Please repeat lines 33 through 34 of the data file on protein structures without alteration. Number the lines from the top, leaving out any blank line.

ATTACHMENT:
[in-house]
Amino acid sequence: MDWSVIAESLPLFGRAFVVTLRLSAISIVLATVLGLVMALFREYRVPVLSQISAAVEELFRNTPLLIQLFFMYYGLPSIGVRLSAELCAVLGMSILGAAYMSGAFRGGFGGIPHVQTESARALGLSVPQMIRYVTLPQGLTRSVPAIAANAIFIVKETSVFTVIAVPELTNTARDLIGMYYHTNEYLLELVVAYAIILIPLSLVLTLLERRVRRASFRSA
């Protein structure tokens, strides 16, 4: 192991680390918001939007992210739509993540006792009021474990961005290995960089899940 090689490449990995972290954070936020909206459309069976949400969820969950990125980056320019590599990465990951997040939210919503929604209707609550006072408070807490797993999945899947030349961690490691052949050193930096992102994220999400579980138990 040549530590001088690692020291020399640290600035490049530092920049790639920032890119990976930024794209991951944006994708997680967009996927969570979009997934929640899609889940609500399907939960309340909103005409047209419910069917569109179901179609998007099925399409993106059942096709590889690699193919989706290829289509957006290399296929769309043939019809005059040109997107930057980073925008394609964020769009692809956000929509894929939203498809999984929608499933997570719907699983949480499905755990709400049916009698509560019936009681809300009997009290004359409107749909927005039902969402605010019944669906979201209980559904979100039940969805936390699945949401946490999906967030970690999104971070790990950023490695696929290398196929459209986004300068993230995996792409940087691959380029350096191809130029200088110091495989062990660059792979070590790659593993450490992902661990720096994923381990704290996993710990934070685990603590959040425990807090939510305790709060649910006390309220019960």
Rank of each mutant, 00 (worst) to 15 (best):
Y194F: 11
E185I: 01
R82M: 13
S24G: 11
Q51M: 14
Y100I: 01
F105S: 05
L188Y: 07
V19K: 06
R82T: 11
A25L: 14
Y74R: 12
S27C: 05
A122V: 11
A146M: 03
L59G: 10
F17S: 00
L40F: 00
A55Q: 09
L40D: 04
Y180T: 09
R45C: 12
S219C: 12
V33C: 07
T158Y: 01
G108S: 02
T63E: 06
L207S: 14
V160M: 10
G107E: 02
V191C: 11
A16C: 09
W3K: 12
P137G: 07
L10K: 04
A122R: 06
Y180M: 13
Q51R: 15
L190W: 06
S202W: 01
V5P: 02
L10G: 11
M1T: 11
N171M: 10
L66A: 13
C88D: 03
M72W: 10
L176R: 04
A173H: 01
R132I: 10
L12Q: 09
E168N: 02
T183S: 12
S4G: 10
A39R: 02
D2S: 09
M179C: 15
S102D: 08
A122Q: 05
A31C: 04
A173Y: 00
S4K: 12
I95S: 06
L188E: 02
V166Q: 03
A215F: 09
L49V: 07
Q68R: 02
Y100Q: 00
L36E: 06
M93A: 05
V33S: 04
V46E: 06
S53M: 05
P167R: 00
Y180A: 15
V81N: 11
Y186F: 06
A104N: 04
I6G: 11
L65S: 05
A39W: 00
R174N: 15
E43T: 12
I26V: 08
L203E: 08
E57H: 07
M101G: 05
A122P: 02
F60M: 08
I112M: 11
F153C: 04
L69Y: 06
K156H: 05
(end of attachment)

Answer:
V160M: 10
G107E: 02